Graham Reid | | 3 min read
Anyone who has spent time there will confirm that when Singapore decides to build something, it gets on and does it with speed, efficiency and sometimes a real flair for design.
Whether it be the huge Tampines Mall – a spacious suburban shopping centre for locals with a library overlooking the football stadium, an indoor free cinema, supermarket, dozens of hawker food stalls and service stores – or the towering buildings along Orchard Road, Singapore delivers often jaw-dropping architecture and thoughtful design.
Nowhere more so than the spectacular Marina Bay Sands, the three-pillared hotel and dining complex with bars, the ArtScience Museum, shopping and an outdoor infinity pool on the top floor where you can take in the sunset with a cocktail 55 floors above the world below.
And at night in the nearby Gardens by the Bay the free son et lumière show attracts locals and visitors alike for the colourful lights running up and down the futuristic tree-like structures.
It's like being in Avatar.
Even those who simply pass through Singapore's Changi Airport will often speak in glowing terms of terminals with wide passageways between excellent shops and eateries, roof gardens, butterfly garden and entertainment areas.
Singapore even manages to make airports interesting.
“But you wouldn't have seen Jewel,” said my sister who has lived in the city-state for years.
It was the morning after we'd had evening drinks at Marina Bay Sands, danced along at the Garden's light show and then enjoyed cold beer and excellent cheap eats at the nearby hawkers market.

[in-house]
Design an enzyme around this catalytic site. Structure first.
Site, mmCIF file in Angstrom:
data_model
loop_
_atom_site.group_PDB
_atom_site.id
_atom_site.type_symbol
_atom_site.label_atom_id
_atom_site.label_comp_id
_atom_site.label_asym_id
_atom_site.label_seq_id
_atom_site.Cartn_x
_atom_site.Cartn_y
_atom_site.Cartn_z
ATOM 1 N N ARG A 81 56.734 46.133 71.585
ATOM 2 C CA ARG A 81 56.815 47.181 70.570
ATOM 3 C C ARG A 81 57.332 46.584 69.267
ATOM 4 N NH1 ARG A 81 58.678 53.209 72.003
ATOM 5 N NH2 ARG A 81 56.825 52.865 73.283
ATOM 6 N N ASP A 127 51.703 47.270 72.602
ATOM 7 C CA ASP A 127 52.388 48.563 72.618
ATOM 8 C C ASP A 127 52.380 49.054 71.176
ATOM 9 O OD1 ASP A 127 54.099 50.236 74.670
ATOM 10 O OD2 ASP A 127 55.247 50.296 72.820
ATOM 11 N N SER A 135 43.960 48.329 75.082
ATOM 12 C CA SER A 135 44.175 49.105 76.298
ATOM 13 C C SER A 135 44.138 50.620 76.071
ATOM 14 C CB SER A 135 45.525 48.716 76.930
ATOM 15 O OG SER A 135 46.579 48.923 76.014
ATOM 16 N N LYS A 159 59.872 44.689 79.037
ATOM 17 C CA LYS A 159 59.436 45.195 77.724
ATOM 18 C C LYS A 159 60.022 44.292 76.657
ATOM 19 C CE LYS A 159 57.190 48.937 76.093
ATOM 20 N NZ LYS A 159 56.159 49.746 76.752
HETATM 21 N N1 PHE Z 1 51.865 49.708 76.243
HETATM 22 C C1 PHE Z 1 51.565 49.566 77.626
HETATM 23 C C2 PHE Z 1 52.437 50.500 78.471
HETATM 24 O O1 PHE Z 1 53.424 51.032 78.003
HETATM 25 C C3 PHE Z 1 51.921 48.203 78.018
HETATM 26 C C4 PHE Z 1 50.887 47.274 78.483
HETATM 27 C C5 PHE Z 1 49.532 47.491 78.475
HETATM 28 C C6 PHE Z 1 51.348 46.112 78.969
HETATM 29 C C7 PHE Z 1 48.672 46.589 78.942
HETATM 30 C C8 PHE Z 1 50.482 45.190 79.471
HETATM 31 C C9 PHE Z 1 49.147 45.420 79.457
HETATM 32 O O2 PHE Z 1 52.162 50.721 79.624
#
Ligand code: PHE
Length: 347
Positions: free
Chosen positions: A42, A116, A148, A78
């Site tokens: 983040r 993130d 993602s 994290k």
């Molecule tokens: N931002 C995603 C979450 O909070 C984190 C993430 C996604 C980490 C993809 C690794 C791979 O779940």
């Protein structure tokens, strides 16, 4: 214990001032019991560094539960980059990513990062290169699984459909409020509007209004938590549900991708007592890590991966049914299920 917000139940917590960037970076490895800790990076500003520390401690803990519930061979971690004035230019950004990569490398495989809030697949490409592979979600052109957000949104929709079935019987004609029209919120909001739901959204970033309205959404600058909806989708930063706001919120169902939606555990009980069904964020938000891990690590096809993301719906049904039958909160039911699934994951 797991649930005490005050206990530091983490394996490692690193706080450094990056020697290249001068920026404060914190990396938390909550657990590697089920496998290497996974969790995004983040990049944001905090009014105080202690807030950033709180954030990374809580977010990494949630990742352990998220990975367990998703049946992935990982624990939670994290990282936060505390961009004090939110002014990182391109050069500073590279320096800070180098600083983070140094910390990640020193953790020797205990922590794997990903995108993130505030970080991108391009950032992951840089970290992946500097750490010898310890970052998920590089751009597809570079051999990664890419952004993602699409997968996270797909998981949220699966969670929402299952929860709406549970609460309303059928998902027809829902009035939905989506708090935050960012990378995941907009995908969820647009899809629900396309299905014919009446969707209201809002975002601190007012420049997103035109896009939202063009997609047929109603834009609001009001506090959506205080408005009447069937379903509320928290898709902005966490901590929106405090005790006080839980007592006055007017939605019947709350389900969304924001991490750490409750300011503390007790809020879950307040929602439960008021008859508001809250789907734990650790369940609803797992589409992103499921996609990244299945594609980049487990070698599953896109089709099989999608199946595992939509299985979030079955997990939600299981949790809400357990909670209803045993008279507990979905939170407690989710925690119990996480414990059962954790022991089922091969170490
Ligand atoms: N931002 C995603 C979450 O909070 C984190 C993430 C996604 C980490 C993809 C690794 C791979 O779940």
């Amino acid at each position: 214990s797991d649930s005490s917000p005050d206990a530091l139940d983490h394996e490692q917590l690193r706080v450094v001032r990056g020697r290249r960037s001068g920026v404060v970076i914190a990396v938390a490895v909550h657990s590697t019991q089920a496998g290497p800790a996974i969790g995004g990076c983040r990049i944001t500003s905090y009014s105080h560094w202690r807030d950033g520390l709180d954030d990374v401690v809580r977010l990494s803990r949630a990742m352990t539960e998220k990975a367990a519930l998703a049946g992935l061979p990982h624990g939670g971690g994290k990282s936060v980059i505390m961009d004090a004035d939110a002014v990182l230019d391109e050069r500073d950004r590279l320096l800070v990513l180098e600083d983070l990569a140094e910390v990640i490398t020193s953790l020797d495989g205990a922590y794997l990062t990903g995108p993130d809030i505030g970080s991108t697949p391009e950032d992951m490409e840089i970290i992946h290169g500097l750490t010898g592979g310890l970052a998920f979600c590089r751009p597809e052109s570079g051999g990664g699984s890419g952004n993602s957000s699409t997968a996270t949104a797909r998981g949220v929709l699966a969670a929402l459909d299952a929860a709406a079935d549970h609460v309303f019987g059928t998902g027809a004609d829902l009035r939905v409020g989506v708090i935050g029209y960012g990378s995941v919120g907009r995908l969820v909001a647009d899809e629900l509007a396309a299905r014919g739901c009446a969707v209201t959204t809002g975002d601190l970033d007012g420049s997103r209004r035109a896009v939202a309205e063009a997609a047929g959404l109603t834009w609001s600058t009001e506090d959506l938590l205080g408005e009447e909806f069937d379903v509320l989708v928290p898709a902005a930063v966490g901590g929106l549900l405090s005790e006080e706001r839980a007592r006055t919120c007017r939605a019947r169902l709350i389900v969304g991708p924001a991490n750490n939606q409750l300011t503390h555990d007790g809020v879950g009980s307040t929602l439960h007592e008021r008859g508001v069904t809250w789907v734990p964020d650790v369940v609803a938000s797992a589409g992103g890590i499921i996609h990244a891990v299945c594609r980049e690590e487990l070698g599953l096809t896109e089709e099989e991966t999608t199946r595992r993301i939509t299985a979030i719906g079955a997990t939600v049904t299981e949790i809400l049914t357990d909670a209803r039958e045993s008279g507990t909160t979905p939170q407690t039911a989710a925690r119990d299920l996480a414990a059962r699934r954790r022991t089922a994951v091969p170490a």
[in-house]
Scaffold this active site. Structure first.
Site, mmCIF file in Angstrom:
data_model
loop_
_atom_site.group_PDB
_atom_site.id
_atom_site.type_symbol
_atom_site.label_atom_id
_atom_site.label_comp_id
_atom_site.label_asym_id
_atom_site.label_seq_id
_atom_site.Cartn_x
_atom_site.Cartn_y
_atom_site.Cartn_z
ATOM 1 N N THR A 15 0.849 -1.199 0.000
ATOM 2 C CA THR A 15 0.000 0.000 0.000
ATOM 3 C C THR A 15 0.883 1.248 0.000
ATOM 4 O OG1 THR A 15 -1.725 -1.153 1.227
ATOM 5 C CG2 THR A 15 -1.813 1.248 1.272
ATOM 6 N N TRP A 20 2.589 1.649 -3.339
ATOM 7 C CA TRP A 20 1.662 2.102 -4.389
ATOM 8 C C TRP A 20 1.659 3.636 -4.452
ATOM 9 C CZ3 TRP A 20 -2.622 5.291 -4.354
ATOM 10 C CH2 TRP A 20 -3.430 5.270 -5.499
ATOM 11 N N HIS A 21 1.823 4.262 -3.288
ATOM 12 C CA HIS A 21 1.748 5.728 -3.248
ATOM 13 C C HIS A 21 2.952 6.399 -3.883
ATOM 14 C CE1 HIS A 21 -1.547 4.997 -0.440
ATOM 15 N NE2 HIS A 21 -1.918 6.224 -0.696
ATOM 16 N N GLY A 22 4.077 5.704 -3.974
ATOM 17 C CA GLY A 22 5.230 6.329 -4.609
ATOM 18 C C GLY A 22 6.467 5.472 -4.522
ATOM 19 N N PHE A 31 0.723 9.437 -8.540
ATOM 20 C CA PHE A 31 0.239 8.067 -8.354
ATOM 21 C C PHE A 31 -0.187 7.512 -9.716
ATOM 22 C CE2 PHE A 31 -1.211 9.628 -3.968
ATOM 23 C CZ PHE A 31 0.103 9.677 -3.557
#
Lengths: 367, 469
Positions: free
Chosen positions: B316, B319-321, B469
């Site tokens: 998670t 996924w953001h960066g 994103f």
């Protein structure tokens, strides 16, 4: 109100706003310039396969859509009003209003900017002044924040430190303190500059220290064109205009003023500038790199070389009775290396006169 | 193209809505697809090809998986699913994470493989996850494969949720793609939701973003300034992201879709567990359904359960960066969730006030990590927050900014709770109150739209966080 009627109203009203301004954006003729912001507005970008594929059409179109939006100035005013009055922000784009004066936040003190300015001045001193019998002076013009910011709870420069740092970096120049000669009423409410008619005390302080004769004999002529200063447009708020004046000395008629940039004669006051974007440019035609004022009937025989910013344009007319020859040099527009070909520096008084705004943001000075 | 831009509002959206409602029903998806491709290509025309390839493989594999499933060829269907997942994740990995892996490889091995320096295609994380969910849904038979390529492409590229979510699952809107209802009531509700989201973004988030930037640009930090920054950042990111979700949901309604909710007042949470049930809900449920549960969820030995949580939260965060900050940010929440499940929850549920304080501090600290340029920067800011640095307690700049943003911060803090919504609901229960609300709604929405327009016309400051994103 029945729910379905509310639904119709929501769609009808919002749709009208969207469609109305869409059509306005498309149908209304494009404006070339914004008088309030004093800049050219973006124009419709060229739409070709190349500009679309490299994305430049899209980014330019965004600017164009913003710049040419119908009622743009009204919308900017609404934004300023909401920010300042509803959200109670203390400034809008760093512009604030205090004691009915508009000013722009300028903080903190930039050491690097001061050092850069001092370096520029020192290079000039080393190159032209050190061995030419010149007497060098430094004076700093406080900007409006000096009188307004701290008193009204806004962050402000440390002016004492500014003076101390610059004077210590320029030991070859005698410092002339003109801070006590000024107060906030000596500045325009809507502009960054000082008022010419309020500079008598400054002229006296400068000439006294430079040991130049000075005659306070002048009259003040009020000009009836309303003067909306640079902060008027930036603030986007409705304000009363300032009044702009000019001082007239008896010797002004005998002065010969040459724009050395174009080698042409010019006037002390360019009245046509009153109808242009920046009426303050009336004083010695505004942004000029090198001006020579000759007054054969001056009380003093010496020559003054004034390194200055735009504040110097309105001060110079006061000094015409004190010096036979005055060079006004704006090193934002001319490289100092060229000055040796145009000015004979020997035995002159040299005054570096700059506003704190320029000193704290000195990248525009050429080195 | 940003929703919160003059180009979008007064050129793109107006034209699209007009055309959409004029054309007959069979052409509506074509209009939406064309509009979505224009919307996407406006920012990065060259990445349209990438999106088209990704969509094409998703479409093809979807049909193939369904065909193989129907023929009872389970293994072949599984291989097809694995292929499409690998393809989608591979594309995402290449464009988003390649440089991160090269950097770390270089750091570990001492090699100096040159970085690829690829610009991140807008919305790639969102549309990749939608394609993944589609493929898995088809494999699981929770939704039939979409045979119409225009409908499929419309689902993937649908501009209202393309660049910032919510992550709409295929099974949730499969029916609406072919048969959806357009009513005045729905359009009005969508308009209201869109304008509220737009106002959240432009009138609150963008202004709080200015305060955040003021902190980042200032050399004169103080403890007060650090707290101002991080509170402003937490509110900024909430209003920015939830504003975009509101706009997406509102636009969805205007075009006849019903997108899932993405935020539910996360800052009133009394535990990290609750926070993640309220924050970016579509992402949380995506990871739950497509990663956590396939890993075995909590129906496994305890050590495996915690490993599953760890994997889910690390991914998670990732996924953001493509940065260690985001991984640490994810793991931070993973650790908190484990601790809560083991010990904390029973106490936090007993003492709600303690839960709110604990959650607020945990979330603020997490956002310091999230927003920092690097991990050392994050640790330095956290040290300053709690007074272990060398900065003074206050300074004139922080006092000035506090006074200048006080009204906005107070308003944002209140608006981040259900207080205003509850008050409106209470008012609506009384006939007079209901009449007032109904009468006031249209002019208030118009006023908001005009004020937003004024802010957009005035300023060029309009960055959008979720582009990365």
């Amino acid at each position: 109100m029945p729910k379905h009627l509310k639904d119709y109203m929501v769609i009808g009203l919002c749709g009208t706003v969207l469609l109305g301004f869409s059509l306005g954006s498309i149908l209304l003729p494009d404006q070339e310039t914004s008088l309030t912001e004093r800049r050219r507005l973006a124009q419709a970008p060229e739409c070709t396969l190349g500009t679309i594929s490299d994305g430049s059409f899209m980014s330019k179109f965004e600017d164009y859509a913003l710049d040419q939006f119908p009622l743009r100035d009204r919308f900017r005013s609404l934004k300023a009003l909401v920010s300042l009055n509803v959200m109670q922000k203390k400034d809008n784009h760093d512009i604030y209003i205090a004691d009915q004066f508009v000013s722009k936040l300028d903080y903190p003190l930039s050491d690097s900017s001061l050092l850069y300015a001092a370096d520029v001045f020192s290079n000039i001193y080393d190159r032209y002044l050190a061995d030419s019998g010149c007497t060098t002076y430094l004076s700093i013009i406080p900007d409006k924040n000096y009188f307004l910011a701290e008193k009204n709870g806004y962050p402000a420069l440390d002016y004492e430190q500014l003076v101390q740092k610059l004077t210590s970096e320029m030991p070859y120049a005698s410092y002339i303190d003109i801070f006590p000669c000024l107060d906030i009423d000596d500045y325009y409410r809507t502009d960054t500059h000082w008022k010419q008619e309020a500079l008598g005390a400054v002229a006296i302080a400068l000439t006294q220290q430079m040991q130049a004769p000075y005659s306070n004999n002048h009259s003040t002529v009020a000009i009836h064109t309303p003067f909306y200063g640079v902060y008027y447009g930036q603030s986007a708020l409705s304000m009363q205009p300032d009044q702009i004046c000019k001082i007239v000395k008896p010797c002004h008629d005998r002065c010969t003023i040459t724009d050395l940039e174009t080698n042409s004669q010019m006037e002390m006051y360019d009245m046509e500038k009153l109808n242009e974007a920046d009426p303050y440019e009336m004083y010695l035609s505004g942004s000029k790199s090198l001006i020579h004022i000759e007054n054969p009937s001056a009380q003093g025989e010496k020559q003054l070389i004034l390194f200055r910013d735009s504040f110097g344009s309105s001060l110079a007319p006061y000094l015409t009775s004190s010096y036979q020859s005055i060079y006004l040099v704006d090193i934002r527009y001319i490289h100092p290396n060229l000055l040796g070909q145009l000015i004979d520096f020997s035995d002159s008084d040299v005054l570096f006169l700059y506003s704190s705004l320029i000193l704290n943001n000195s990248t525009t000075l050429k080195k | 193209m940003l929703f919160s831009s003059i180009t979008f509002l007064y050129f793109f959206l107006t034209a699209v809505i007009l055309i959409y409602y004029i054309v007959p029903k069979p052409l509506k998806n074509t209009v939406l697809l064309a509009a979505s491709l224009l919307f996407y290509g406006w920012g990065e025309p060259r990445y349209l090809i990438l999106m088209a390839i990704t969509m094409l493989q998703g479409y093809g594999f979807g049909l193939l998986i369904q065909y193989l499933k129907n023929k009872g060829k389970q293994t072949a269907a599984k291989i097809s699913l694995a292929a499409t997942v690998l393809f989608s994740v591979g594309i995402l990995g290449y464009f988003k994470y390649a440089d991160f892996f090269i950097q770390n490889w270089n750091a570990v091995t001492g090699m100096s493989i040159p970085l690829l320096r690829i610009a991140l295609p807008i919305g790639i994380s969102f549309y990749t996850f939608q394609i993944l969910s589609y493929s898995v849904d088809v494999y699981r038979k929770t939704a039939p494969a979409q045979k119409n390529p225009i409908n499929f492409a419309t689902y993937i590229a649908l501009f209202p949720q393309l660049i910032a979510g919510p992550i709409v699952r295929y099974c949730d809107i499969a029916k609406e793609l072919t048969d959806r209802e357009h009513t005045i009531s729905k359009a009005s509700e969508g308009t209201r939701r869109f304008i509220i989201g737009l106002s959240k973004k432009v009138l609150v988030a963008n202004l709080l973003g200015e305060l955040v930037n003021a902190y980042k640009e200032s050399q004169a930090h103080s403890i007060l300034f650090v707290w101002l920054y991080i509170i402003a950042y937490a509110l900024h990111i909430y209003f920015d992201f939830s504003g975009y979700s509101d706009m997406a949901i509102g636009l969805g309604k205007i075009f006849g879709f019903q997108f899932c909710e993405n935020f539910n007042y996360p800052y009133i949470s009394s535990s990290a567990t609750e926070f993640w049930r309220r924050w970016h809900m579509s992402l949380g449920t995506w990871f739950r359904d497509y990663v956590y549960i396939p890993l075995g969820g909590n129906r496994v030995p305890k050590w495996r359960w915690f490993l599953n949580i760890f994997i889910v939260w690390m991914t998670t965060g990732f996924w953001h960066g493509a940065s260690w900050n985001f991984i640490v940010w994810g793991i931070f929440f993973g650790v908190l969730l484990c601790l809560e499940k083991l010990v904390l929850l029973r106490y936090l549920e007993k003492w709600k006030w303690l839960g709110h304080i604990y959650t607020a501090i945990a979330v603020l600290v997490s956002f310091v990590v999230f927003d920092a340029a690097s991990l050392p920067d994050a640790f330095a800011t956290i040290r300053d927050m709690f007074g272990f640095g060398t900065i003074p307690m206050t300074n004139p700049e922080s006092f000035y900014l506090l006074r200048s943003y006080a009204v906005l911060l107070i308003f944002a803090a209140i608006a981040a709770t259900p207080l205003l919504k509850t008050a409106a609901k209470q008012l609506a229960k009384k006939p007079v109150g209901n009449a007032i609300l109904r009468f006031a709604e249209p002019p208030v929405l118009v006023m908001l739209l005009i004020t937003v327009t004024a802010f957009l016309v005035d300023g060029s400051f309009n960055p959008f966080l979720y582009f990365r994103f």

She'd been right about all those places, a harbourside lunch at Sentosa and on a previous trip had pointed me to the beautiful Atlas Bar – voted one of the 50 best bars in the world – in the Parkview building, which itself looks beamed in from Batman's Gotham.
“When you get home people will ask if you've seen Jewel,” she said. “We have to go there.”
And so we went to Jewel with just the barest description of a mall and garden area at Changi Airport. It didn't sound like my thing but . . .
As it turned out this latest addition to this busy airport is breathtaking, but one not too many tourists will have experienced because the spectacular, 10-story Jewel Changi complex only opened in 2019 and within a year Covid lockdowns had seen a huge downturn in travel.
With people getting on aircraft again and many going to or through Singapore, the aptly-named Jewel is a must-see, if only for the spectacular Rain Vortex indoor waterfall which, surrounded by gardens and bathed in light by day, is the largest indoor waterfall in the world. It is 40 metres high and like liquid architecture falling in a natural extension from the curve of the roof.
Jewel is a destination in itself with floors of retail outlets – over 300 in total – but also a restful garden walk on the top floor beneath the geometric glass panels on the roof.
This is Canopy Park with a whimsical topiary garden which will delight children – a colourful alligator, elephant, gorillas, an owl and a spectacular peacock made of flowers and greenery – as well suspended nets to climb on, mazes and slides.
And of course there are small restaurants up here – a bit pricey – for weary adults, tired from their journey or simply wanting to take in the restful ambience.
Jewel boasts one of the region's largest indoor gardens (it's hard to imagine one bigger however) and because it is part of the airport there are links to the three terminals with early check-in lounges for more than two dozen carriers.
Although much of Jewel is open to the public free of charge, there's a modest S$5 charge (less than NZ$6) for Canopy Park's slides, topiary walk, the Foggy Bowl where children play among cool mist, and the Petal Garden.
There are additional charges for the Hedge and Mirrors Mazes and the Sky Nets, but also cheaper family passes.
Even in the endless parade of Singapore's extraordinary buildings and civic design, Jewel is something to see and experience.
Airports are usually places people pass through with varying degrees of frustration, irritation and haste.
Jewel Changi Airport has changed that, it makes you want to linger and relax.
In fact we stood almost speechless for 15 minutes just looking at that astonishing Rain Vortex thinking, Singapore does these things with a real flair for design.